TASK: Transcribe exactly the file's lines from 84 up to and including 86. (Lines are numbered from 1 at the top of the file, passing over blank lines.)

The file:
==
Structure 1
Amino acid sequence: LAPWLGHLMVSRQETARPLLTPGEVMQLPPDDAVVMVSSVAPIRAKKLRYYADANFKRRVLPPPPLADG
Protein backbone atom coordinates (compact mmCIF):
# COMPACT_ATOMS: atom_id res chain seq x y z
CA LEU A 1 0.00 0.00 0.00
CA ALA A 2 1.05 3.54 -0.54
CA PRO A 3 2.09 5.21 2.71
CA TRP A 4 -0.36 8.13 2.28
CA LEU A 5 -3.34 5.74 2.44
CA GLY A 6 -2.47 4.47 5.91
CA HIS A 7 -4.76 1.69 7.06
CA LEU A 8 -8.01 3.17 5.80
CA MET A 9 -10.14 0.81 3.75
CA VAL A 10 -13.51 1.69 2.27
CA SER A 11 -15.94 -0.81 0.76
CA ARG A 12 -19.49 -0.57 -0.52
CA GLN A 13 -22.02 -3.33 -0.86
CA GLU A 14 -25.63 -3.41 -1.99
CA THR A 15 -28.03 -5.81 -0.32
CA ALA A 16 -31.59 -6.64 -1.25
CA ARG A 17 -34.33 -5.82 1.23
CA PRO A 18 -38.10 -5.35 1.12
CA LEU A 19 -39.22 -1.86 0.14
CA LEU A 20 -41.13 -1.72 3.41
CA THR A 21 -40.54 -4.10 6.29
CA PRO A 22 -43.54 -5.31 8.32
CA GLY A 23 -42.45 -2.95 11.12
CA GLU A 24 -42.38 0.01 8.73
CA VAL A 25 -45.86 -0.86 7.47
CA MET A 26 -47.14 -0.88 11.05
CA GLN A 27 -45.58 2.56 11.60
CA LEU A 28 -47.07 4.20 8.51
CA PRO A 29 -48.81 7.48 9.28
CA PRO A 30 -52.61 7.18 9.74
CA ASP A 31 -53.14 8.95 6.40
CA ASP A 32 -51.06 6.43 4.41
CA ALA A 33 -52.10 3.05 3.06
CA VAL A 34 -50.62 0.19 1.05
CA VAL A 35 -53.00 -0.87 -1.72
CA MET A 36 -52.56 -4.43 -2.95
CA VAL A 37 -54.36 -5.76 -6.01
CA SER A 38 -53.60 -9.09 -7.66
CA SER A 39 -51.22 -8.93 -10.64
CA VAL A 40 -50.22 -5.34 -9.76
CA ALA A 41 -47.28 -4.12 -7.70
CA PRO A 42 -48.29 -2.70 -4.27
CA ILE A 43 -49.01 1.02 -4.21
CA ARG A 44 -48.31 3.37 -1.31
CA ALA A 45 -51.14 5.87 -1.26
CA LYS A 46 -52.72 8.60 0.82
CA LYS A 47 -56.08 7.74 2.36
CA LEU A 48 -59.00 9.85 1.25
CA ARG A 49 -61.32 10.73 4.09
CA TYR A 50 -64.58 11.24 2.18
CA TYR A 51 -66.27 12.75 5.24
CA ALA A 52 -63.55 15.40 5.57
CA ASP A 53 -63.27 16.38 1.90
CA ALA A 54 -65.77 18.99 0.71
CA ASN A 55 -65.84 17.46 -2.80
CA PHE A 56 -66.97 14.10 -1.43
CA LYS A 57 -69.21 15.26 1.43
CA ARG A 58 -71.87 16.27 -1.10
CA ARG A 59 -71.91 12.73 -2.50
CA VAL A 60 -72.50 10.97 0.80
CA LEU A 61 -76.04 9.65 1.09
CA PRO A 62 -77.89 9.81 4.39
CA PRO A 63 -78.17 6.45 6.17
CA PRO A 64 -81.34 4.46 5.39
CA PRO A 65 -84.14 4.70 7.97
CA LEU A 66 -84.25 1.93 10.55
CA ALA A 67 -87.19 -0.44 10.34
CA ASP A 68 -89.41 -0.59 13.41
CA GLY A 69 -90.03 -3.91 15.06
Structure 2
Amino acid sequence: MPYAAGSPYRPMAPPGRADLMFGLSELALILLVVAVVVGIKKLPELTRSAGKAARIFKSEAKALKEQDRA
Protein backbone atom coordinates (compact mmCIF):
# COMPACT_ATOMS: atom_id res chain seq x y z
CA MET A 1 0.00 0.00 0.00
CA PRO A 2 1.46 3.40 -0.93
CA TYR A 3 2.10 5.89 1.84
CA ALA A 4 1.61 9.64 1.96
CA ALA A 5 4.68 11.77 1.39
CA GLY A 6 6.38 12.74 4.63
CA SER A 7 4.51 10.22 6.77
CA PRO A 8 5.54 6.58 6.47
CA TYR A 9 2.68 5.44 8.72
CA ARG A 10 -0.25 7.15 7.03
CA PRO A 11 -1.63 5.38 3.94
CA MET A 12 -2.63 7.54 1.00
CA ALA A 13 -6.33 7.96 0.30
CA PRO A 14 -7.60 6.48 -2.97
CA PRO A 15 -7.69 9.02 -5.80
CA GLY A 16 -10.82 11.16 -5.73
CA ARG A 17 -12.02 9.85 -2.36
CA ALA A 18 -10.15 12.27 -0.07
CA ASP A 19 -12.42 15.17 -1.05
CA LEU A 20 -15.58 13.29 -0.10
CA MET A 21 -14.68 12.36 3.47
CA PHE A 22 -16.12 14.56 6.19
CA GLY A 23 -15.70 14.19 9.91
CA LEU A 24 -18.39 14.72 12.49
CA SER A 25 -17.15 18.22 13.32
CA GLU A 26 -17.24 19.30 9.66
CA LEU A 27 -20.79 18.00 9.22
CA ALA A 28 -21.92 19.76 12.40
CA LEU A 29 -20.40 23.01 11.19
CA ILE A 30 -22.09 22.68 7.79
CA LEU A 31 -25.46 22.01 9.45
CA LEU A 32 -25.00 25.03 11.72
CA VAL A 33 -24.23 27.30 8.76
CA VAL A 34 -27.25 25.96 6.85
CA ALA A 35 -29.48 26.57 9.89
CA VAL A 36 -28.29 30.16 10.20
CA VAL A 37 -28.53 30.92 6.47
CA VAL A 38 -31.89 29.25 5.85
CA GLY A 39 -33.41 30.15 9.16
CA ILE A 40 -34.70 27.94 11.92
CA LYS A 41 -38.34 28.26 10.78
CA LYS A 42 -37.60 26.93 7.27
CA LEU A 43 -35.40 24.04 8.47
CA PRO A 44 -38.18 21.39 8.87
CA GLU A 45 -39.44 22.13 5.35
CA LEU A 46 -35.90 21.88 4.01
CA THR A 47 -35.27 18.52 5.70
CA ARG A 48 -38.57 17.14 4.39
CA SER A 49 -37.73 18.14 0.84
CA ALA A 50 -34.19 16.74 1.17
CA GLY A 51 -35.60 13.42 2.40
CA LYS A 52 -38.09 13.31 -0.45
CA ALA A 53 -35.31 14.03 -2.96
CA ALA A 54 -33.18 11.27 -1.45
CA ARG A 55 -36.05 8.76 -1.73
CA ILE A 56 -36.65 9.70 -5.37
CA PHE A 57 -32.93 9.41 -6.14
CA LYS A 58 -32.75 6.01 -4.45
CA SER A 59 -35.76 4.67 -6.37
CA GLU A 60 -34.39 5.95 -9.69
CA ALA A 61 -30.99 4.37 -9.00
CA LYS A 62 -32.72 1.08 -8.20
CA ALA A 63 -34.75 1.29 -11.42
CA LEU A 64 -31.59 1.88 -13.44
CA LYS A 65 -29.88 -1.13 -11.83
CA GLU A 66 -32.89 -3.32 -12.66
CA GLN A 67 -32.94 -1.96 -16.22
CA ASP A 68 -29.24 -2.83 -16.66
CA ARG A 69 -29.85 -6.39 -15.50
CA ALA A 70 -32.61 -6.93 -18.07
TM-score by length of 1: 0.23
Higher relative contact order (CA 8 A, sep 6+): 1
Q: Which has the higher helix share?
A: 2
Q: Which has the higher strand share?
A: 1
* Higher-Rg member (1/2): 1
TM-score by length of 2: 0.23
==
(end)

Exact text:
CA SER A 7 4.51 10.22 6.77
CA PRO A 8 5.54 6.58 6.47
CA TYR A 9 2.68 5.44 8.72